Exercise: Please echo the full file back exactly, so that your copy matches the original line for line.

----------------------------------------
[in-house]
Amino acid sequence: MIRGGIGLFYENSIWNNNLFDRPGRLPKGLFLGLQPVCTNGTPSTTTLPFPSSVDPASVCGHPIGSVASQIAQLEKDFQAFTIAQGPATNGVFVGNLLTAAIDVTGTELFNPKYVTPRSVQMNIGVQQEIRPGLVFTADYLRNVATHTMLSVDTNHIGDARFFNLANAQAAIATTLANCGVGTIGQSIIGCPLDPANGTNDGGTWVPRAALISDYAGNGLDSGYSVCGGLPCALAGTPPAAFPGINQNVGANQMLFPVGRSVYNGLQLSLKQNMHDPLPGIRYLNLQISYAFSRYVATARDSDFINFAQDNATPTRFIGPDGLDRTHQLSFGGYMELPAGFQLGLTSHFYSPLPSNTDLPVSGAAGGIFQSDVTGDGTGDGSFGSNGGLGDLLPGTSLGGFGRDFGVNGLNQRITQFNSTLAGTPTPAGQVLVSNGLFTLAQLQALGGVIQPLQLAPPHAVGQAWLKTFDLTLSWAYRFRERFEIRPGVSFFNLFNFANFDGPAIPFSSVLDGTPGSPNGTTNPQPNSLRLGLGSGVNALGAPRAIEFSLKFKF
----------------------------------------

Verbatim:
[in-house]
Amino acid sequence: MIRGGIGLFYENSIWNNNLFDRPGRLPKGLFLGLQPVCTNGTPSTTTLPFPSSVDPASVCGHPIGSVASQIAQLEKDFQAFTIAQGPATNGVFVGNLLTAAIDVTGTELFNPKYVTPRSVQMNIGVQQEIRPGLVFTADYLRNVATHTMLSVDTNHIGDARFFNLANAQAAIATTLANCGVGTIGQSIIGCPLDPANGTNDGGTWVPRAALISDYAGNGLDSGYSVCGGLPCALAGTPPAAFPGINQNVGANQMLFPVGRSVYNGLQLSLKQNMHDPLPGIRYLNLQISYAFSRYVATARDSDFINFAQDNATPTRFIGPDGLDRTHQLSFGGYMELPAGFQLGLTSHFYSPLPSNTDLPVSGAAGGIFQSDVTGDGTGDGSFGSNGGLGDLLPGTSLGGFGRDFGVNGLNQRITQFNSTLAGTPTPAGQVLVSNGLFTLAQLQALGGVIQPLQLAPPHAVGQAWLKTFDLTLSWAYRFRERFEIRPGVSFFNLFNFANFDGPAIPFSSVLDGTPGSPNGTTNPQPNSLRLGLGSGVNALGAPRAIEFSLKFKF